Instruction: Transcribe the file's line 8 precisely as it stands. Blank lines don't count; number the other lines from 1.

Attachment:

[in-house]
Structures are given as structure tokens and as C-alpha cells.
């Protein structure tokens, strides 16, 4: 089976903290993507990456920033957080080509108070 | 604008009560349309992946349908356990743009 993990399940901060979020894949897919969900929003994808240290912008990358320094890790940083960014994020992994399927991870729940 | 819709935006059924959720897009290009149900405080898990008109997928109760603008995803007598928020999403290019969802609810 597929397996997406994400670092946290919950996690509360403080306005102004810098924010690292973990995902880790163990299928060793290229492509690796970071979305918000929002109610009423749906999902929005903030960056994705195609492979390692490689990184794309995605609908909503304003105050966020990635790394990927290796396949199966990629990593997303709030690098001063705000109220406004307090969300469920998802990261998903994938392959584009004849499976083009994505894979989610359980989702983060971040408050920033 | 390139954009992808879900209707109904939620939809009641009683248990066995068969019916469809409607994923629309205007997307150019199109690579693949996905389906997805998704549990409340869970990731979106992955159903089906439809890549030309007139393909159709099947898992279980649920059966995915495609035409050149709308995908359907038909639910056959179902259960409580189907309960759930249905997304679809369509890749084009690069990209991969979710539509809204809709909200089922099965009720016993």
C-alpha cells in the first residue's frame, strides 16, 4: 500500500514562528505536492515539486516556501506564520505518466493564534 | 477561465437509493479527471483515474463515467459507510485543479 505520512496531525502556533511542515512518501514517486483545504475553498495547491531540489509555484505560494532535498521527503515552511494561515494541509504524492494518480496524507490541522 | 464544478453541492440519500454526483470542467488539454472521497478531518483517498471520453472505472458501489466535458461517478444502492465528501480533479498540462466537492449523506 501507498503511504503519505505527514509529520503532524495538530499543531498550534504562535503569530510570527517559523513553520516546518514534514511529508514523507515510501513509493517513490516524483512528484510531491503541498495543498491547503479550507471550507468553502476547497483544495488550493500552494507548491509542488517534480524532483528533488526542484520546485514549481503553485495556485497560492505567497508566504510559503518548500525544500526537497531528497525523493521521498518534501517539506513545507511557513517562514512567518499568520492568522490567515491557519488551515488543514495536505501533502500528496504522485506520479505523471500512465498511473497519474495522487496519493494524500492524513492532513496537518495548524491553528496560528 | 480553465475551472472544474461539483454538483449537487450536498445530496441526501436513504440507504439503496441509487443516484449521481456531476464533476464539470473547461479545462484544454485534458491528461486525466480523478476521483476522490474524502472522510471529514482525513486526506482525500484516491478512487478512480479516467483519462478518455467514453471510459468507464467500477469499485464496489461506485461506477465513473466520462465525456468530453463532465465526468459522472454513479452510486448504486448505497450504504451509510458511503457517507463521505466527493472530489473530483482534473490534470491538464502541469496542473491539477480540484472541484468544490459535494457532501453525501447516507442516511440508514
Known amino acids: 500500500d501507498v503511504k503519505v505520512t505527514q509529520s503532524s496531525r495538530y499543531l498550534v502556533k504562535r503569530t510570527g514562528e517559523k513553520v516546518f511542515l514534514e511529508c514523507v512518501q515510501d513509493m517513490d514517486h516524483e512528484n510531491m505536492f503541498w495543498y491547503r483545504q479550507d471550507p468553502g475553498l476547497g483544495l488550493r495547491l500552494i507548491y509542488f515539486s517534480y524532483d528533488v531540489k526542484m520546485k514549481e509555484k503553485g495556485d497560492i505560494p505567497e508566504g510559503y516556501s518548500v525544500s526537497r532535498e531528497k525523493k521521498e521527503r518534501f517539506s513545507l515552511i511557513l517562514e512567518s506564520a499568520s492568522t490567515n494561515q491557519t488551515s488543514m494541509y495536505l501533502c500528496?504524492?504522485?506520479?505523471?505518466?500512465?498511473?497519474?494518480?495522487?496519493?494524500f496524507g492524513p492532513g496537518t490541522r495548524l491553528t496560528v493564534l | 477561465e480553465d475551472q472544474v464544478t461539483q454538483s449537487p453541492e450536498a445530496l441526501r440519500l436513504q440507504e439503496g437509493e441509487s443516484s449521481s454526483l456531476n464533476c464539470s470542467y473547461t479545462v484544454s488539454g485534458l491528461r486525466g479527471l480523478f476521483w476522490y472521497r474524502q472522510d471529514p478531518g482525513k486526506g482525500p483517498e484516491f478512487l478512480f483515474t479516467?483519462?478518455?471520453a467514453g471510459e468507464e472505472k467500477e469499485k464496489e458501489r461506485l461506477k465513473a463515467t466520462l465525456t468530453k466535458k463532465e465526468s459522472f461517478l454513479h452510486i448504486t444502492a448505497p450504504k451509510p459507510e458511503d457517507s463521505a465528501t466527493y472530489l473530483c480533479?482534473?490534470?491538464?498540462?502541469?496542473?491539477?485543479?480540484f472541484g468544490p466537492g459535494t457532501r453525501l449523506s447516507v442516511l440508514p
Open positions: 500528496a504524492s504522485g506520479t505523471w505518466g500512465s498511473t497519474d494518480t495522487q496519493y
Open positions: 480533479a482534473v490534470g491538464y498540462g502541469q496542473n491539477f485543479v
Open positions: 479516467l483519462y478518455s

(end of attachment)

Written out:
Open positions: 479516467l483519462y478518455s